South African media has reported that Zuma’s sons have extensive business interests in Dubai and have received personal guarantees from the UAE’s leaders. What it means is that Zuma and his family would likely be beyond the reach of South African prosecutors in the sunny emirate.

Some also averred that he may also quietly disappear into retirement in his home province of Kwa-Zulu Natal – or even skip the country. Whilst there is a high probability that Zuma may soon have his day in court, one thing is however clear, he might have quit the presidency, but he is by no means gone from the South African political arena.

 

 

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APC reconciliation: Kalu urges Tinubu to fast-track process

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  …canvases support for state police

 

Former governor of Abia State, Dr. Orji Uzor Kalu, has lauded the appointment of the National Leader of the All Progressive Congress (APC), Asiwaju Bola Tinubu, as chairman of the party’s National Reconciliation Committtee, but urged him to accelerate efforts at reconciling aggrieved members.

Kalu said there could be no better time for Tinubu to carry out the onerous task given the confidence President Muhamadu Buhari reposes him in bringing some feuding members of the party on the path of reconciliation.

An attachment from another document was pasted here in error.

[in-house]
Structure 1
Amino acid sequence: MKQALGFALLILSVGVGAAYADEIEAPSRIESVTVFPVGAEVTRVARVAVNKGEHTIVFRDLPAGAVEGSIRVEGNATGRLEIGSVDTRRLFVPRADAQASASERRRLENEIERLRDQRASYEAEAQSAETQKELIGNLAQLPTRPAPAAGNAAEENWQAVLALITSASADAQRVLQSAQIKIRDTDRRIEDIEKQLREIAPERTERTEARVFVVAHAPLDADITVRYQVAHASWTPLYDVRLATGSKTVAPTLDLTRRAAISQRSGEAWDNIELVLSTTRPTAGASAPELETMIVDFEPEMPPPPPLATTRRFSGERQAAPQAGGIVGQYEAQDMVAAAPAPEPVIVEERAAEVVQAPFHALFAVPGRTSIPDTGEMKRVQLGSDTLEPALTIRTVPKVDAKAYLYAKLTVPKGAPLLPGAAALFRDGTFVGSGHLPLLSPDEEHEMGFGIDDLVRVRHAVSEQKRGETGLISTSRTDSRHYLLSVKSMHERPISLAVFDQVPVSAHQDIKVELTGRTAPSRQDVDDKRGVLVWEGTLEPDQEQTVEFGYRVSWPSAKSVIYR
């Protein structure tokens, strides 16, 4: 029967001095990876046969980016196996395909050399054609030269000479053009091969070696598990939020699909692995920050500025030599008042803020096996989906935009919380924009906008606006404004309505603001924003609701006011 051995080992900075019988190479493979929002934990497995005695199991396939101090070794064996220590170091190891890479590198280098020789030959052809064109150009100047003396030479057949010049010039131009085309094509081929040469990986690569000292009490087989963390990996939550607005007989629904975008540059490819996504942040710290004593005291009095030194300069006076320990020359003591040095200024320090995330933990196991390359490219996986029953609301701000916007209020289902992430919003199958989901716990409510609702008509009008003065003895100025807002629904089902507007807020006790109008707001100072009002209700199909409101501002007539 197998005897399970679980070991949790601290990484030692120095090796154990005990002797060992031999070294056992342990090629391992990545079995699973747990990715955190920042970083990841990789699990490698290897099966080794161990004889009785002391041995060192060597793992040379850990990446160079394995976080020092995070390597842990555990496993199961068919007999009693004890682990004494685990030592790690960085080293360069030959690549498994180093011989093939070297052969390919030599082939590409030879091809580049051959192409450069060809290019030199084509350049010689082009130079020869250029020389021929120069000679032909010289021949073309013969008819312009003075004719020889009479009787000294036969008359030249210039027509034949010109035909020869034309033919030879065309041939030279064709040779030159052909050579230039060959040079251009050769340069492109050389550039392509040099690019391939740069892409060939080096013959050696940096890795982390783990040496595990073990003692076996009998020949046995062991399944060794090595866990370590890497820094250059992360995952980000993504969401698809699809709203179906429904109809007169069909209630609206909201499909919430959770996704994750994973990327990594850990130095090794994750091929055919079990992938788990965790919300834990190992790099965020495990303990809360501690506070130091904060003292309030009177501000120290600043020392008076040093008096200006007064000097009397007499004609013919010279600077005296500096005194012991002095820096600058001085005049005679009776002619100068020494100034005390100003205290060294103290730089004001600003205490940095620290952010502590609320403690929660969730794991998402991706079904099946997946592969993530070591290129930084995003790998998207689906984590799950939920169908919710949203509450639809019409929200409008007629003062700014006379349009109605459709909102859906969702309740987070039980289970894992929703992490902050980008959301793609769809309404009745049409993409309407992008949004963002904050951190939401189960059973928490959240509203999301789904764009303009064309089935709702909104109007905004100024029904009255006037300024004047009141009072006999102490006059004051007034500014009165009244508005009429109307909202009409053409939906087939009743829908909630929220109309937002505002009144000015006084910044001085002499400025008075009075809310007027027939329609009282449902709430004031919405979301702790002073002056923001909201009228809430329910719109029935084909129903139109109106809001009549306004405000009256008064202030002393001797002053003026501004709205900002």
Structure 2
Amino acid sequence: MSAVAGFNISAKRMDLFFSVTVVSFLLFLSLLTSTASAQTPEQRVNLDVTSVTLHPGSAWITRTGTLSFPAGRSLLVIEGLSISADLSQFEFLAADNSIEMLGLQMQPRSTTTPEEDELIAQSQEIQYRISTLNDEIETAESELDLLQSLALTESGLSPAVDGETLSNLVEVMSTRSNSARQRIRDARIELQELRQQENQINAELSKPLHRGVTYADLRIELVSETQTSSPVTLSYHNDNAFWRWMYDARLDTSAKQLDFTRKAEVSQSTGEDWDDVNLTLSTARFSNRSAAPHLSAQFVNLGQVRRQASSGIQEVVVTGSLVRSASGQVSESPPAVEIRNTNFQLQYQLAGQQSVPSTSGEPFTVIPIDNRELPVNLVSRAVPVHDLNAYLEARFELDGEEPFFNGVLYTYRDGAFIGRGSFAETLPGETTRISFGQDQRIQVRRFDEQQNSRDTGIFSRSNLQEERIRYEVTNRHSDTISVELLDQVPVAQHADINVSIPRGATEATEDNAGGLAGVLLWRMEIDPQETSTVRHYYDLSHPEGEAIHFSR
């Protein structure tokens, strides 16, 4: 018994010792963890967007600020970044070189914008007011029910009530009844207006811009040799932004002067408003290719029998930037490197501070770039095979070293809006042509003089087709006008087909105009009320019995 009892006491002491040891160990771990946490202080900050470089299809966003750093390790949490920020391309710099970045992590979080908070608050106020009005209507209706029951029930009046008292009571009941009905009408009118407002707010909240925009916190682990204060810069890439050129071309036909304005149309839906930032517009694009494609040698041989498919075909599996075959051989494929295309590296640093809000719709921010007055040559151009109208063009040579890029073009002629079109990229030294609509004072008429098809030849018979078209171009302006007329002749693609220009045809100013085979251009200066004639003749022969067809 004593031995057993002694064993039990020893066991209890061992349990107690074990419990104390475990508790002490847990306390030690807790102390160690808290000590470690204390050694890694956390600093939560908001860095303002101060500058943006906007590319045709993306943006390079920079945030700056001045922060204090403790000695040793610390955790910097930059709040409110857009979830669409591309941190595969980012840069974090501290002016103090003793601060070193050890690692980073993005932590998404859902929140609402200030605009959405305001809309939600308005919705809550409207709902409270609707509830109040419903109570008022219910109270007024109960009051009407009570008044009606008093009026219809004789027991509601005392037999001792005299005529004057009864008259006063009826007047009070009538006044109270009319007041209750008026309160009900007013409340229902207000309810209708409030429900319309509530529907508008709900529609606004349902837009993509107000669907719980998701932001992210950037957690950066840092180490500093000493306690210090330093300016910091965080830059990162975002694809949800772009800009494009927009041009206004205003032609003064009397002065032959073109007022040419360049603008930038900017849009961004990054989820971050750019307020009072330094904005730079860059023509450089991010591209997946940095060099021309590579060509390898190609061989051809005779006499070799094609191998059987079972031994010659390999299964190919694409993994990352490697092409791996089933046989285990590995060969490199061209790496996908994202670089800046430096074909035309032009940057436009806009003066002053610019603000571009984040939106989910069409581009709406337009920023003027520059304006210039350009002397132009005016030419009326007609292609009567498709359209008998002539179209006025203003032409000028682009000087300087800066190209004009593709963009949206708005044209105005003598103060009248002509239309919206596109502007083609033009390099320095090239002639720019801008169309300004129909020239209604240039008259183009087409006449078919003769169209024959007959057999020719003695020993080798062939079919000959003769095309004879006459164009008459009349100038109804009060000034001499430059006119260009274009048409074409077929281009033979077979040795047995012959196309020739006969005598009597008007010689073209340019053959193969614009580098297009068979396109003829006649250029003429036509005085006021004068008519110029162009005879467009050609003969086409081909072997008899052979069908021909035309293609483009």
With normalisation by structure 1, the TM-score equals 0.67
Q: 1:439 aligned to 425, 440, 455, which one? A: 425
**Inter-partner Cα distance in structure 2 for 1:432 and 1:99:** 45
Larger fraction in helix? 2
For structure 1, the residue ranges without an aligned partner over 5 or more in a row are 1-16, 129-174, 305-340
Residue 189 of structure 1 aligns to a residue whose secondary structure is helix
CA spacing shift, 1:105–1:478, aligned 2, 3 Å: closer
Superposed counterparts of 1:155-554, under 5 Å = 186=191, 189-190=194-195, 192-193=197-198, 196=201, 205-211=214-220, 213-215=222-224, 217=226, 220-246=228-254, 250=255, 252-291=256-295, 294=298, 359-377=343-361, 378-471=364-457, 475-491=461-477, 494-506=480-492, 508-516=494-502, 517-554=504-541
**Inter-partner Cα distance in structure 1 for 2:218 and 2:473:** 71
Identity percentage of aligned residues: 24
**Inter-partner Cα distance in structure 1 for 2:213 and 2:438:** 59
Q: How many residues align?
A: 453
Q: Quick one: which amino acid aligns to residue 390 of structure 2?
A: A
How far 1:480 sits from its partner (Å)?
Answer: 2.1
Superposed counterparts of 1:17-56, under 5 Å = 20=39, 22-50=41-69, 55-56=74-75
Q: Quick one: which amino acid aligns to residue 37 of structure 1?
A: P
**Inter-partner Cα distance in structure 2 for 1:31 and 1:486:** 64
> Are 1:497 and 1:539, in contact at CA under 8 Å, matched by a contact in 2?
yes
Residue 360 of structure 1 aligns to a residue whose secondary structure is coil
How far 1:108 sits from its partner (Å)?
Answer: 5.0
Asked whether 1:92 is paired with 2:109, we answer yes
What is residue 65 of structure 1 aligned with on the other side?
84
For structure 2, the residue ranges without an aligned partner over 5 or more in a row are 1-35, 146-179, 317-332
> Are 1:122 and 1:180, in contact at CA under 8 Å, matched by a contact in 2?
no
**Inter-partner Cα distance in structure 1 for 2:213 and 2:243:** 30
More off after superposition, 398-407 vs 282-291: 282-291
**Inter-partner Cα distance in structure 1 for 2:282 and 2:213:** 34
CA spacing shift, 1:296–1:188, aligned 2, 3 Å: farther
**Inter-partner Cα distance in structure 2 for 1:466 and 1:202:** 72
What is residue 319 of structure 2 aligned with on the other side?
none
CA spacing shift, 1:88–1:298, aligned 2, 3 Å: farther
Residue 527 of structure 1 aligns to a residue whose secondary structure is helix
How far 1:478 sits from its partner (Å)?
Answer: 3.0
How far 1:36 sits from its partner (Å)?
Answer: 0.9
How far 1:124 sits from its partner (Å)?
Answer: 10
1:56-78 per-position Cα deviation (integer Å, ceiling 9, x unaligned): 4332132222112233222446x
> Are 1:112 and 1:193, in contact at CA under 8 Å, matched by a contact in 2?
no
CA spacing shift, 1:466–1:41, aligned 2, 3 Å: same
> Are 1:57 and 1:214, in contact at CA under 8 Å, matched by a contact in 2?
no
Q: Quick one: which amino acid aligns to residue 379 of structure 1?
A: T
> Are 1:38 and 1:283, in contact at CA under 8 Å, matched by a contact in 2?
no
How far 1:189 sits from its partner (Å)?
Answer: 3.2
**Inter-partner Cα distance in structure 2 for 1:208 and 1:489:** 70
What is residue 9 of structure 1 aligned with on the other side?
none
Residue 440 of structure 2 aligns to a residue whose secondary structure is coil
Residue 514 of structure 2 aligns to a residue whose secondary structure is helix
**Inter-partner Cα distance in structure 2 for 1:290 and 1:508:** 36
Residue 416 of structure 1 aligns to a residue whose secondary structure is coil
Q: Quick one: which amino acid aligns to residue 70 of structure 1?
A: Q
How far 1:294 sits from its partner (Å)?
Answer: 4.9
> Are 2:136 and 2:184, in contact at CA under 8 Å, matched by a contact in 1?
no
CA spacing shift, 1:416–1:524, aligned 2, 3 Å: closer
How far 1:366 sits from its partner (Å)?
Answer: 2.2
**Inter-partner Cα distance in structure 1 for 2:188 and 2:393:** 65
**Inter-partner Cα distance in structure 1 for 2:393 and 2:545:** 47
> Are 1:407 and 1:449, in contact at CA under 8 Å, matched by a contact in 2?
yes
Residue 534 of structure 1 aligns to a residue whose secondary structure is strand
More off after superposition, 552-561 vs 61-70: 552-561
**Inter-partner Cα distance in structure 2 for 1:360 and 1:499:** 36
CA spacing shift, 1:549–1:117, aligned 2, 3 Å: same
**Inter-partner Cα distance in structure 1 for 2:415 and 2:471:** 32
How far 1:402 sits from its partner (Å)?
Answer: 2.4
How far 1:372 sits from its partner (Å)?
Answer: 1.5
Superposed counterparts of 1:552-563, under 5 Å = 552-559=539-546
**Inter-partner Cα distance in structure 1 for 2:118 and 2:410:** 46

Fielding questions from reporters on arrival from Abuja late Sunday night at the Murtala Muhammed Airport Terminal Two (MMA2), Ikeja, Lagos, Kalu said it does not augur well for a serving governor and a minster, who are members of the ruling party to have political difference at a time they should be galvanizing support for Buhari’s re- election bid. His words:” I have reported this to the highest authority of the party that it is not proper for a governor and a minister in Oyo State to go two parallel ways.

It is not to the benefit of the President and neither is it to the benefit of the party. It is not the benefit of Nigerians; the synergy needed to accelerate cohesion in the ruling party will not be there.

“We need to thank Mr. Presidentfor his wisdom in giving the mandate to the National Leader of APC, Asiwaju Bola Ahmed Tinubu , the opportunity to reconcile members of the party.

I am very excited that such a thing is happening and I am confident it will be a good beginning for my brother and friend, Tinubu to execute the reconciliation task very well. I am confident Tinubu will be blunt to settle feuding members of the APC.”